From the Grave: Please Don’t Publish Until I’m Gone 100 Years.

Mark’s Twain Autobiography was published after a wait of 100 years. By doing this, he could freely speak his mind and strike vengeance as he saw fit “from the grave.”

A fiction writer may also create but not consciously publish various works during their lifetime for the following reasons:

  • A fear of criticism on release.
  • The work is incomplete or not satisfactory.
  • The work covers a controversial subject.
  • A promise to keep family members happy.
  • The work is an indictment of a real situation and real names are mentioned or are very thinly veiled.

So a growing “post-bucket” collection may result. But this is accompanied by a set of risks. If this is a digital set, then there is the ongoing concern over a malicious hacker retrieving and publishing it. Or if it is a physical work, there is a need to hide it in a secure or an unobvious place. However, every time that you use the surreptitious repository, there is a good possibility of your “literary stash” being detected.

To relieve the tension, some authors may release a few of these works under pseudonyms. But there is a high risk of doing this in the information age because eventually the truth will come out.

And as a last resort, perhaps never write these stories down. Instead, keep it part of your “mental inventory.” And when you emit your breath, the secret will die quietly with you.

How will you choose to handle this need? The choices are yours alone and need to be made carefully. Good luck with this effort!

Eight Reasons Why Saving Eddie is Different

I recently completed Saving Eddie, a fictionalized paranormal retelling of Edgar Allan Poe’s life. This is different from any of my other books for the following reasons:

  1. It crosses genres. The book is a biographical mystery with romantic and paranormal elements. It attempts to seamlessly merge these elements together.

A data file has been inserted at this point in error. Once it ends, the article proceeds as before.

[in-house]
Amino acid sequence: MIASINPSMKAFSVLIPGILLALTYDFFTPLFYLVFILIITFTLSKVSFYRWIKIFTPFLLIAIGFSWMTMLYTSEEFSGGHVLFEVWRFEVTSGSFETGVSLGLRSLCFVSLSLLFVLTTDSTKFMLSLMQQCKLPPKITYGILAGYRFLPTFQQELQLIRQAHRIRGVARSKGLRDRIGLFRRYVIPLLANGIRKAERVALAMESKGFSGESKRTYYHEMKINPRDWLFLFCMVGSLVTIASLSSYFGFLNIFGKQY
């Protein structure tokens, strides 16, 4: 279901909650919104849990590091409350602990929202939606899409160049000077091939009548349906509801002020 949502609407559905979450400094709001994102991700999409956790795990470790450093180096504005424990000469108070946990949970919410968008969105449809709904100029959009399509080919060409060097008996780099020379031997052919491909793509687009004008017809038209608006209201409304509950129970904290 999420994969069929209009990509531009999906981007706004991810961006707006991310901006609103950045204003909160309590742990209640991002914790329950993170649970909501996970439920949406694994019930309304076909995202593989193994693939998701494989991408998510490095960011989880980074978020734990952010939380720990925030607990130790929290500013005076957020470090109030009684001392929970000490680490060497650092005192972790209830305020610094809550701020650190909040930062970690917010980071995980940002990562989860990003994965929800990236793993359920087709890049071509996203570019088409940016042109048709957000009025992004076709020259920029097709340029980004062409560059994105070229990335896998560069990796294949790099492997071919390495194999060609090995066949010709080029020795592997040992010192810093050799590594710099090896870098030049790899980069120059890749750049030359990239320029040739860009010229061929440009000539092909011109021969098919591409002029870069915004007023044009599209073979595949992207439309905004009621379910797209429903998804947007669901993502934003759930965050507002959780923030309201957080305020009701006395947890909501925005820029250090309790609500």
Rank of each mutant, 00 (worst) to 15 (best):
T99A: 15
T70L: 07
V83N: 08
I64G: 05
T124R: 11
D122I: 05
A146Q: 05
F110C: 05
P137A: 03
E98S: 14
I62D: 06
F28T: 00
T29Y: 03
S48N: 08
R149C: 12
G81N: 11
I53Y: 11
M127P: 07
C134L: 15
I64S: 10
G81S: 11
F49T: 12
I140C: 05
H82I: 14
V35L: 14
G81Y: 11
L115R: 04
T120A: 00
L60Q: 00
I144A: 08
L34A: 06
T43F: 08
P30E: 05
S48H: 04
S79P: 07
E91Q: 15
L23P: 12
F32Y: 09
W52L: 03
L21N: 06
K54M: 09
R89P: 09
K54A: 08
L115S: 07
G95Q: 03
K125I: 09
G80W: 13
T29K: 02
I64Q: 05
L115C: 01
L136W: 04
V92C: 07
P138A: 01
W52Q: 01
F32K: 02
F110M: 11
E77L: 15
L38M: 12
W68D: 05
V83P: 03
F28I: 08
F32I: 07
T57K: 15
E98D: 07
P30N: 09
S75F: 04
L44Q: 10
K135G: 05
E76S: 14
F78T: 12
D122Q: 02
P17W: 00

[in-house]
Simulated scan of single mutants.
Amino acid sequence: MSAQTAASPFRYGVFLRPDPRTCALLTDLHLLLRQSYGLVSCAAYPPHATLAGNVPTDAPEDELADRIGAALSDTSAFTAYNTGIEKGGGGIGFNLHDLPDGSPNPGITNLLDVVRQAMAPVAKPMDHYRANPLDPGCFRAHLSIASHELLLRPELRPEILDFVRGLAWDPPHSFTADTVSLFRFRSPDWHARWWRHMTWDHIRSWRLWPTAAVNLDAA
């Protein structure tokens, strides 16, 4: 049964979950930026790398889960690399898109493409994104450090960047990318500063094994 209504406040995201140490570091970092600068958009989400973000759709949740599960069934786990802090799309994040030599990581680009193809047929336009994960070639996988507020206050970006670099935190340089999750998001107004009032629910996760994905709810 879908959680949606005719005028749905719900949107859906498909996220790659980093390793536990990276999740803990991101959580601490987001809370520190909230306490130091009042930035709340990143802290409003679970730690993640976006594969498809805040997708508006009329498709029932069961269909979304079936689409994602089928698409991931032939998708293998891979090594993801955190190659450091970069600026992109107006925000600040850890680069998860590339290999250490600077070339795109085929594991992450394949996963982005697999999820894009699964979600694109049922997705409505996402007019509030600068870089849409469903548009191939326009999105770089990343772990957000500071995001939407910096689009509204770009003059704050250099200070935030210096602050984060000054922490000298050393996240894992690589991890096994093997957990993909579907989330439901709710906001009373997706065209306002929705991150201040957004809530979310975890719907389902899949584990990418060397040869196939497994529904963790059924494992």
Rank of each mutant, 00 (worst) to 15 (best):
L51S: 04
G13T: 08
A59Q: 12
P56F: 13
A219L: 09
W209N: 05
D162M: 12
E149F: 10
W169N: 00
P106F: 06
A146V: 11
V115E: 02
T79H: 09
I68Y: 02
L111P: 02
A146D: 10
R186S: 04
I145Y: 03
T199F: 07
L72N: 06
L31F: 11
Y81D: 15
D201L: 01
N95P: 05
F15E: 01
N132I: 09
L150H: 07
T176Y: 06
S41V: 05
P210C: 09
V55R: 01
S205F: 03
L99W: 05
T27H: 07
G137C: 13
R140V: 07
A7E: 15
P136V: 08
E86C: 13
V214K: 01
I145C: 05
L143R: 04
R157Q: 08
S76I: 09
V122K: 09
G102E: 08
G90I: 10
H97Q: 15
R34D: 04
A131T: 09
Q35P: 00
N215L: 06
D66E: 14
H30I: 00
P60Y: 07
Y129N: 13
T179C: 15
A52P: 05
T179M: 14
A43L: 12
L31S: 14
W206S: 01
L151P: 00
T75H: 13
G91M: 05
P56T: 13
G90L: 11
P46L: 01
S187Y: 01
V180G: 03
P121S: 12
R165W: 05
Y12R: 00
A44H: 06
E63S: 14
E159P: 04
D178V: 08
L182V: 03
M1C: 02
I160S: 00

2. It uses unique plot devices. It is based on Arthur Rimbaud’s idea of a “season” covering the key periods in Poe’s life. The book is mostly told through two imaginary journals including one of Edgar’s mostly unknown real-life brother Henry. Henry also is deciding throughout the book when would be best to save his brother’s life.
  3. It provides a different perspective on Poe’s life. There are many different books on this great author. But few are written from the perspective on why he could so clearly describe the ideals of beauty and the depths of human madness. It provides a theory on the disastrous consequences of his being constantly in debt. Some of his lesser known works are also highlighted.
  4. It is well-researched. Diving into primary resources as well as visiting many of the places where he resided made this the most researched book that I have done to date.
  5. It uses lengthy chapters. Typically I write short chapters. However, in this case, a chapter was written for each “season” of Edgar’s life. Using the “one long take” approach allows the reader to better understand the ups and downs of that period.
  6. Use of unreliable narrators. The two journal writers in the story are caught up with their own emotional biases and may make misleading judgments. Along the way, you watch them both grow.
  7. A preview copy and cover was released early. It had the most downloads in the shortest period of time of all my book samples.
  8. It is not a retread. Another author could have made this a rehash of Killing Thoreau with time travel. But I decided to go into unfamiliar and more challenging territory instead.

This was a highly satisfactory experience that I hope you have as much fun reading as I did creating,